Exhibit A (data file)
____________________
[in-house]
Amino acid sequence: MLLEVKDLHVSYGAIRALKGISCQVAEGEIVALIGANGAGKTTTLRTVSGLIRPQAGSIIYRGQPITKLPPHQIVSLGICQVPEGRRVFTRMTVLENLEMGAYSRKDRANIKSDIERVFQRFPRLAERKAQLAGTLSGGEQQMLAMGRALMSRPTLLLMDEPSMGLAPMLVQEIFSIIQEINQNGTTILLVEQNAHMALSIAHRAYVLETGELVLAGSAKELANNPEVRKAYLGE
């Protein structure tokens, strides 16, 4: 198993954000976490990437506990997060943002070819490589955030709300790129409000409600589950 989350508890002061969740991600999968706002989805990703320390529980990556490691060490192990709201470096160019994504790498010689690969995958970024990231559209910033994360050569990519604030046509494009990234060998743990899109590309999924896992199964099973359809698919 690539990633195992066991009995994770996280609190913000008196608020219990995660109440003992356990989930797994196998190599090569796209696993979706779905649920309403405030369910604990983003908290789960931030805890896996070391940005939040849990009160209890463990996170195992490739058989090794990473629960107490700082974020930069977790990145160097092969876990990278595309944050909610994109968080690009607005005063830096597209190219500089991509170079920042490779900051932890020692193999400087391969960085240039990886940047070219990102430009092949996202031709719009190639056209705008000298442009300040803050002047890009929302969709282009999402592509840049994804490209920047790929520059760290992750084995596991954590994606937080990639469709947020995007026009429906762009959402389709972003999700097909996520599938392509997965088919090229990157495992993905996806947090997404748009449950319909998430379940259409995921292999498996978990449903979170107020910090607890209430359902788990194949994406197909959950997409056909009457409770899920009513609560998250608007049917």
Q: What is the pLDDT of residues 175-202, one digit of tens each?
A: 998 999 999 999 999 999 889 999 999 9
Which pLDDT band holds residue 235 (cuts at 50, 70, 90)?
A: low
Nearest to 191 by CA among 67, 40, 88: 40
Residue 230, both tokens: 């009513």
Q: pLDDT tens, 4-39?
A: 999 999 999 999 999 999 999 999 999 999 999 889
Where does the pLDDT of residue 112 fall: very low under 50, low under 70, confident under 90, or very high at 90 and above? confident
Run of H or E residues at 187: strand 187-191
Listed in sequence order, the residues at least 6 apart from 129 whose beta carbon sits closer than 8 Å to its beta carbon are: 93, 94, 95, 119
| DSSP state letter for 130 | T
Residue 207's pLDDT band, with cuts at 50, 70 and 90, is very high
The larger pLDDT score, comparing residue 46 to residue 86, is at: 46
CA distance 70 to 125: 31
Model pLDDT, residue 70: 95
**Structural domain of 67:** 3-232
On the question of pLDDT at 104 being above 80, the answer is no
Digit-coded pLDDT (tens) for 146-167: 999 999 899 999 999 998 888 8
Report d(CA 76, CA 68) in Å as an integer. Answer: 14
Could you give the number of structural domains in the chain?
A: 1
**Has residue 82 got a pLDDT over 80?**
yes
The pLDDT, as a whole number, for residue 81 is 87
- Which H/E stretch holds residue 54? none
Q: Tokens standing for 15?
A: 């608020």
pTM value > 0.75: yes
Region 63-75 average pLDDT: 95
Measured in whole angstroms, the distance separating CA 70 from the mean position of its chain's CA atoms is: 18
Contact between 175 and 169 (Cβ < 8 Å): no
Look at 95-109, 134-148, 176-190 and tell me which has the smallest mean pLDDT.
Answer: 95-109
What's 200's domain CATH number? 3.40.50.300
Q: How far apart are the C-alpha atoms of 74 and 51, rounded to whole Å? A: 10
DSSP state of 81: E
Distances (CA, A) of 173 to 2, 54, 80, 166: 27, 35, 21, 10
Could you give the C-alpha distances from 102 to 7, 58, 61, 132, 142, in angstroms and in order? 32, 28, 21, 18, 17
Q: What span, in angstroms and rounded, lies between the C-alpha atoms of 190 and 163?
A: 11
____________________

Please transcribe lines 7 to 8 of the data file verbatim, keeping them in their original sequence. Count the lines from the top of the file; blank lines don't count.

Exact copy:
A: low
Nearest to 191 by CA among 67, 40, 88: 40